And finally, there was this rebuke of the Massachusetts legislature:
First Amendment Violations:
Also on THURSDAY, the SCOTUS struck down [PDF] a Massachusetts law that had banned anti-abortion protesters from entering a 35-foot "buffer zoner" around abortion clinics. This doesn't address a previously-enacted "floating" buffer zone that keeps protesters 6 feet away from anyone who is within 18 feet of a clinic. This last bit is important to note, in that the Boston Globe reports the recollections of Martha Walz — president of the Planned Parenthood League of Massachusett as follows:
Before, protesters could stand in the clinic doorway, shoulder to shoulder, forcing people to squeeze through. Walz recalled a visit when a protester screamed at her from just inches away. “It was, to say the least, frightening,” Walz said. “That is what is of such concern to us. The court is essentially saying that kind of behavior may resume.”What it really means is that Martha Waltz has no idea what the word "essentially" means, because in no way is that what the Court is saying. Read the ruling yourself. I linked the PDF above.
The Massachusetts law was passed in response to the fatal shootings of two staff members at abortion clinics in Brookline in 1994. This was a sad event. However, murder is already illegal... unless you're an abortionist... and the Massachusetts law does absolutely nothing to prevent a repeat of the event. A person who is willing to commit murder is not going to be held magically at bay by an imaginary impenetrable force-field erected by public sentiment. Even if he were, how long do you think it would take a bullet to traverse the 35-foot distance? The law is plainly ineffective for its stated purpose.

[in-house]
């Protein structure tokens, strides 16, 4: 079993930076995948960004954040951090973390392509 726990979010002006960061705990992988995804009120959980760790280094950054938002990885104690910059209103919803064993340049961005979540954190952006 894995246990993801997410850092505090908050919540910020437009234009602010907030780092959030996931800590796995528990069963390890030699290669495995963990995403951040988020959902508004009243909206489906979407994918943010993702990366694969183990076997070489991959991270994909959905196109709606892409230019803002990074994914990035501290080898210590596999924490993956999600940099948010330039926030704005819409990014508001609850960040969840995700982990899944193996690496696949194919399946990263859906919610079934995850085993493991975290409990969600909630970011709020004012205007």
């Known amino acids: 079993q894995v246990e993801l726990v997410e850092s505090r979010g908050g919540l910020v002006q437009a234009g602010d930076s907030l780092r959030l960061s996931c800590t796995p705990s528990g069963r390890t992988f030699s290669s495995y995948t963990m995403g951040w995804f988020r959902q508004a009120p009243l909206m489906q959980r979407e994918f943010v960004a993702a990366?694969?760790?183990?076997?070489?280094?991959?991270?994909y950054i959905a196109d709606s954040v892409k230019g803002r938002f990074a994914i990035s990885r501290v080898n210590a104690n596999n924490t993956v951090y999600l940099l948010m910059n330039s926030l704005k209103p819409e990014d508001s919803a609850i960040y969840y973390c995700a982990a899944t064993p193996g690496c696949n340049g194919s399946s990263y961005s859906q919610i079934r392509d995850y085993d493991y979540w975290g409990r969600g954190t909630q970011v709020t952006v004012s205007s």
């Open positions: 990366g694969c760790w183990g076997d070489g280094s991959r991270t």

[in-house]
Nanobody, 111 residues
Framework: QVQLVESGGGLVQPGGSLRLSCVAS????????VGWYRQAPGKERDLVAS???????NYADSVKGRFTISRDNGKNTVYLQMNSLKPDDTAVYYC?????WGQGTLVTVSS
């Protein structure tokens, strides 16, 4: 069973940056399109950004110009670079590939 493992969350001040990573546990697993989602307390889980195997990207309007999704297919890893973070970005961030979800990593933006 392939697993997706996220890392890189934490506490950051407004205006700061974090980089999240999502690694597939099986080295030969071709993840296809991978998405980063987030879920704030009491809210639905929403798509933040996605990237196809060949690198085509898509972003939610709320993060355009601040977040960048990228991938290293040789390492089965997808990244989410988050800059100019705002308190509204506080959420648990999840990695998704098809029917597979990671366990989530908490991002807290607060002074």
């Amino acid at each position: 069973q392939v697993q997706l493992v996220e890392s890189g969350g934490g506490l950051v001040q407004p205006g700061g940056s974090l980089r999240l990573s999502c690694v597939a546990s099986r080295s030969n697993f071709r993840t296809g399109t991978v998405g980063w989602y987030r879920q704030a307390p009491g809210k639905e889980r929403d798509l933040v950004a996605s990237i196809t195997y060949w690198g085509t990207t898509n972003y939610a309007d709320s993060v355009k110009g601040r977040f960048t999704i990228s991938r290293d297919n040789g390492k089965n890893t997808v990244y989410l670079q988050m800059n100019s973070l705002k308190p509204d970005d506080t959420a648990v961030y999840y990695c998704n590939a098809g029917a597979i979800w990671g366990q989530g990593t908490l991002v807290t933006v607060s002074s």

What the law effectively does is the source of the plaintiff's complaint. It prevents peaceful, law-abiding people from having one-on-one conversations with people about alternatives that don't include killing a baby.
The plaintiffs successfully argued their case on First Amendment grounds. As characterized by lead counsel Mark Rienzi:
"Americans have the freedom to talk to whomever they please on public sidewalks. That includes peaceful pro-lifers like Eleanor McCullen, who just wants to offer information and help to women who would like it. The Supreme Court has affirmed a critical freedom that has been an essential part of American life since the nation's founding."The Court agreed, holding that the law unduly restricted access to sidewalks and public places that have traditionally been open for speech activities and that the Court has accordingly labeled “traditional public fora", and that the government’s ability to regulate speech in such locations is “very limited.”